Grammar Guy

What do you call that bug under the big rock?


I’m going to confess to a murder, acknowledging there probably aren’t any statutes of limitations on this kind of thing. Growing up, my sister and I sprinkled salt on our fair share of slugs. While I’m not proud of my salty slug serial killing spree, exploring under big rocks in the backyard was a great way to learn about the creepy-crawly world around me.

Let’s turn over the next big rock. It’s the one next to the shed. Once you get enough leverage to hoist the rock from its resting place, you see several things scurry around — some squirming worms, a truly terrifying millipede and a host of bugs that roll into little balls.

What are those balled-up bugs called? If you grew up in Oklahoma, you’d refer to them as roly polies. These land-lubber crustaceans hail from the family “armadillidiidae,” which makes me happy. If you look at one, it’s essentially the bug version of an armadillo. One time, I chased an armadillo on a dirt road at night on foot, but that’s a story for another day.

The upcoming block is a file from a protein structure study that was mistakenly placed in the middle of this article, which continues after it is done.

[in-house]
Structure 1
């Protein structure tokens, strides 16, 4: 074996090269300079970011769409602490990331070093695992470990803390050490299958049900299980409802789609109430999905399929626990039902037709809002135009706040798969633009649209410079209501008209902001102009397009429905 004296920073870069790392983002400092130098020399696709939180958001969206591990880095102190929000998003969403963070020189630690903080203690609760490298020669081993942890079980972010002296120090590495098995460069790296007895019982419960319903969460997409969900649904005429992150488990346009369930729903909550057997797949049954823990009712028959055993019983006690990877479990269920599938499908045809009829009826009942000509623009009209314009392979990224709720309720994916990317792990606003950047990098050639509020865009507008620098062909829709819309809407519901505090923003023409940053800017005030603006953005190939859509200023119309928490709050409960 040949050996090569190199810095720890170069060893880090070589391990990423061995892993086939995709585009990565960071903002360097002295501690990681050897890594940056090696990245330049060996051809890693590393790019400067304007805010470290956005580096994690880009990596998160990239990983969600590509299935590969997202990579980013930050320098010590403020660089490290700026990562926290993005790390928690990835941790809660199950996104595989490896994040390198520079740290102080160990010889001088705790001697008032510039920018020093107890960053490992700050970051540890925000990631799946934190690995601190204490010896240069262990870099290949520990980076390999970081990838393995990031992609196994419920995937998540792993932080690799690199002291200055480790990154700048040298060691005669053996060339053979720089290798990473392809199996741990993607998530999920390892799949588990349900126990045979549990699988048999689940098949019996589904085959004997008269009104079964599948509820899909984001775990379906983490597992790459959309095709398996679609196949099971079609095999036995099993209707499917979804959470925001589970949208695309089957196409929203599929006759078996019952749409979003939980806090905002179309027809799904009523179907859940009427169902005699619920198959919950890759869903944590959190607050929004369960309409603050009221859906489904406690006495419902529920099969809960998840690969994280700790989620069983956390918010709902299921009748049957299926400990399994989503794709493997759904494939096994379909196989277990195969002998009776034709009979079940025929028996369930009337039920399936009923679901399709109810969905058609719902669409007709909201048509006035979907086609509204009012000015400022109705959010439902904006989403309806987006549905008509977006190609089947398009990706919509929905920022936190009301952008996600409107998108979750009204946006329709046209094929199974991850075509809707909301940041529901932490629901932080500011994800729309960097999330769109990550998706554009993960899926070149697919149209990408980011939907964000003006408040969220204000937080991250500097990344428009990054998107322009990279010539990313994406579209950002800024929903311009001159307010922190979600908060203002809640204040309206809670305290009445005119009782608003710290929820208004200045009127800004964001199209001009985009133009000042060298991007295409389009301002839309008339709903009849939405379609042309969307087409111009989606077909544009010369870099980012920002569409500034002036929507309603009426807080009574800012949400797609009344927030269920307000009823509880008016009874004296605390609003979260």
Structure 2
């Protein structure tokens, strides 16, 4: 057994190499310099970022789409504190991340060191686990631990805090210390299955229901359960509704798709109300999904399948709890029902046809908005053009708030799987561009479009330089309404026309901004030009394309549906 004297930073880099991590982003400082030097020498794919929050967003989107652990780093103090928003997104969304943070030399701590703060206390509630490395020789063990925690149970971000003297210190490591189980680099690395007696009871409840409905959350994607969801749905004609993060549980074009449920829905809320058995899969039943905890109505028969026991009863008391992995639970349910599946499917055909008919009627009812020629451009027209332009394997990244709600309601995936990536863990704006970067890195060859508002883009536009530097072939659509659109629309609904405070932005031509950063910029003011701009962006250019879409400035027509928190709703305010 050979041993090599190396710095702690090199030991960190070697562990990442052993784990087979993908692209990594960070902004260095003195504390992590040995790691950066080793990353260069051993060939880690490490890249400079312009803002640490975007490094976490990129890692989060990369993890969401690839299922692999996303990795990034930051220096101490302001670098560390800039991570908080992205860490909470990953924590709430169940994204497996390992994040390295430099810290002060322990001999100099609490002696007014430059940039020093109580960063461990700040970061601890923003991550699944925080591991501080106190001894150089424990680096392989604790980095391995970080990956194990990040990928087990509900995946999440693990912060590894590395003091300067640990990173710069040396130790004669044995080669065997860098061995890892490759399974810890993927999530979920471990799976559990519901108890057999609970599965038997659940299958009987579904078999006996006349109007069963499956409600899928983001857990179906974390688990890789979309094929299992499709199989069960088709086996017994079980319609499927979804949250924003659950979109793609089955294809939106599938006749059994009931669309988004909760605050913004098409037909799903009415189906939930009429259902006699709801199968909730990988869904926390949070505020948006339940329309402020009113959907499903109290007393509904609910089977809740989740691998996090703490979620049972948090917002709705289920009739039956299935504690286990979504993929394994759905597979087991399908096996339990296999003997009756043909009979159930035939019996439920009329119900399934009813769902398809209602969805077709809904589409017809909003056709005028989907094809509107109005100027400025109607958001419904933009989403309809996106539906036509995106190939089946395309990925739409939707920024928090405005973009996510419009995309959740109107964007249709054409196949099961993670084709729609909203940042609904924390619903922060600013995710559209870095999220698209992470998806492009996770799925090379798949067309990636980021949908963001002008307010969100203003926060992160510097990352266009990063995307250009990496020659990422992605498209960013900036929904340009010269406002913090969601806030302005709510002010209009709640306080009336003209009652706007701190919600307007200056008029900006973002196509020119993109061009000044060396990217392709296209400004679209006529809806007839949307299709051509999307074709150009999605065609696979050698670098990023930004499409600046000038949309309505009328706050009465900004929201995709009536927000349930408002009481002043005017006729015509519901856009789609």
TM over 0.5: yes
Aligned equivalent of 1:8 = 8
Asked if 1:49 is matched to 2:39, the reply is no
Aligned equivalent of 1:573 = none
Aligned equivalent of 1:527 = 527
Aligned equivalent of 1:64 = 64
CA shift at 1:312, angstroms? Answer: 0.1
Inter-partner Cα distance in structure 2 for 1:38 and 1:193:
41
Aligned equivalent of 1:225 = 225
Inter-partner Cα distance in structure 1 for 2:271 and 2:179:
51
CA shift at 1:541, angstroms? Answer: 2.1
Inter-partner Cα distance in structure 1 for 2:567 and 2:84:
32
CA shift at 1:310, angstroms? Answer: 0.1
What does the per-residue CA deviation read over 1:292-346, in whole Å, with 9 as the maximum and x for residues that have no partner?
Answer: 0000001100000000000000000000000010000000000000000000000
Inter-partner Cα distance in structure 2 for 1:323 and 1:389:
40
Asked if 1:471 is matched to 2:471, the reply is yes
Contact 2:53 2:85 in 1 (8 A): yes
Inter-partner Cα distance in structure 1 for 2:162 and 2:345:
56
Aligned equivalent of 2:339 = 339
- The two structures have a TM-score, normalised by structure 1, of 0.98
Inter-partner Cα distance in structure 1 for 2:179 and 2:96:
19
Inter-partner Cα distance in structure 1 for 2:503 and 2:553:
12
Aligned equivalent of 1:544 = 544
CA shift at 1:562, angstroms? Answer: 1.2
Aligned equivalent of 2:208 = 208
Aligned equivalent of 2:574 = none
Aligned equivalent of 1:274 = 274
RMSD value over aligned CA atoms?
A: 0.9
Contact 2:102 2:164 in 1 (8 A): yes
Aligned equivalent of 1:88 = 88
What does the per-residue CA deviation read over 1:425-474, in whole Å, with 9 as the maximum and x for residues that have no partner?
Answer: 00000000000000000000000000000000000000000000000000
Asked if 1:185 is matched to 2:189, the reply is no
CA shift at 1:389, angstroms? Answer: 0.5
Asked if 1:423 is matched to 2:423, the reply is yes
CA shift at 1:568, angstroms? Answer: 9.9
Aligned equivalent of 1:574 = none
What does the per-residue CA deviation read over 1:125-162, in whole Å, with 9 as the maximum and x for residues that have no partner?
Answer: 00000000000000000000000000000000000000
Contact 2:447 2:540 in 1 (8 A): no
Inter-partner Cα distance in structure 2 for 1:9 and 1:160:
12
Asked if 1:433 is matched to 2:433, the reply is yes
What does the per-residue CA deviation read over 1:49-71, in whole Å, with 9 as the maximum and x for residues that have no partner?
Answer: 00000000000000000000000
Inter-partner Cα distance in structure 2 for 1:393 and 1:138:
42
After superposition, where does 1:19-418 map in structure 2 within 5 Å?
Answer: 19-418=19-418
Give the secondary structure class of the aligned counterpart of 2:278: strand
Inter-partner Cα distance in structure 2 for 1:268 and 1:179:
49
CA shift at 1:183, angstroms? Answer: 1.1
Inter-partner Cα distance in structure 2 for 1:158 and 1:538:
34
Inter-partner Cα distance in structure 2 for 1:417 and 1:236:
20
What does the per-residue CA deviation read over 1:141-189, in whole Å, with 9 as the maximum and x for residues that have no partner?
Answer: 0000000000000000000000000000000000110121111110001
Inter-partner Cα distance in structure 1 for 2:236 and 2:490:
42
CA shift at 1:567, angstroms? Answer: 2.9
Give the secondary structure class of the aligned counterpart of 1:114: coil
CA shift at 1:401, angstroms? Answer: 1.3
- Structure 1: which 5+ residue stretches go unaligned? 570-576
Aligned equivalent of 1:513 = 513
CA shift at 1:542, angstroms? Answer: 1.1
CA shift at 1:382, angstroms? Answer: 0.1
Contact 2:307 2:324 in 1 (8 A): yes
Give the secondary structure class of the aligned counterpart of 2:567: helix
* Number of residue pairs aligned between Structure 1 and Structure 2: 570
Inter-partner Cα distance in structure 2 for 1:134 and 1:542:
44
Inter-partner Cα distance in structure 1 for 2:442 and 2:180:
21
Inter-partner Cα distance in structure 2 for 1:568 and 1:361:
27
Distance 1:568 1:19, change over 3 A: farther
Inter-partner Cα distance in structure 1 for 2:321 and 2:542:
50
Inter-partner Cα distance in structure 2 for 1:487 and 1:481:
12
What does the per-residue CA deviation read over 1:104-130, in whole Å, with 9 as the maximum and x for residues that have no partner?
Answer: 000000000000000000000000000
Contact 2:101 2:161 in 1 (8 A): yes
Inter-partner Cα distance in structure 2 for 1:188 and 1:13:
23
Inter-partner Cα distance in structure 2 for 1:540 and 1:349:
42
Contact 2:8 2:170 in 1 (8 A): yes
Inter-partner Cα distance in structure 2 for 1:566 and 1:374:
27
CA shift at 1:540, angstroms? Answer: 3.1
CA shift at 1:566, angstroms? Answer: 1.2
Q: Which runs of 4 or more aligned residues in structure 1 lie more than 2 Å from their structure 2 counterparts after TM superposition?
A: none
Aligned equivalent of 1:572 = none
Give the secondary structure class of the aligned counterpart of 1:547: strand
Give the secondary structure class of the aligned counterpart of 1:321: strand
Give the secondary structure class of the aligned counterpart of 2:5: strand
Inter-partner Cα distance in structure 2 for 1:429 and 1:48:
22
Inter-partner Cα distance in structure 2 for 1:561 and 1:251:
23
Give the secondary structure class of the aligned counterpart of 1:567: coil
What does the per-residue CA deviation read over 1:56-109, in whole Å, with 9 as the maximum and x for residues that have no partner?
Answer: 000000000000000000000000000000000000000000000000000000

What I love about roly polies is that they have dozens of regional and colloquial names. I can’t think of a thing that has more naming variations. For instance, you may refer to them as potato bugs, pill bugs or doodlebugs. Or perhaps you call them butchy boys or wood shrimp. These examples are just from the US.

As the armadillidium family can be found in many areas of the world, each area has its own naming convention. In the UK, these cute bugs are called cheesy bugs, cheeselogs, Parson’s pigs, chiggy pigs, hardbacks, carpet shrimp or gramersows, depending on from where you hail.

While in Australia, you may call them slater bugs or butcher boys, in Denmark, roly polies are called bench biters. Likewise, in Germany, people say cellar bugs, while in areas of South America, the locals refer to the armadillidium family of insects as little pigs.

If I were rebranding a minor league baseball team in 2024, I think I would change the name of the team based on the area of the country the team visited. The team logo would stay the same, but the word on the front of the jersey would shift. If anyone decides to try this idea, I’d like a 10% cut of merchandise sales.


Curtis Honeycutt is a syndicated humor columnist. He is the author of Good Grammar is the Life of the Party: Tips for a Wildly Successful Life. Find more at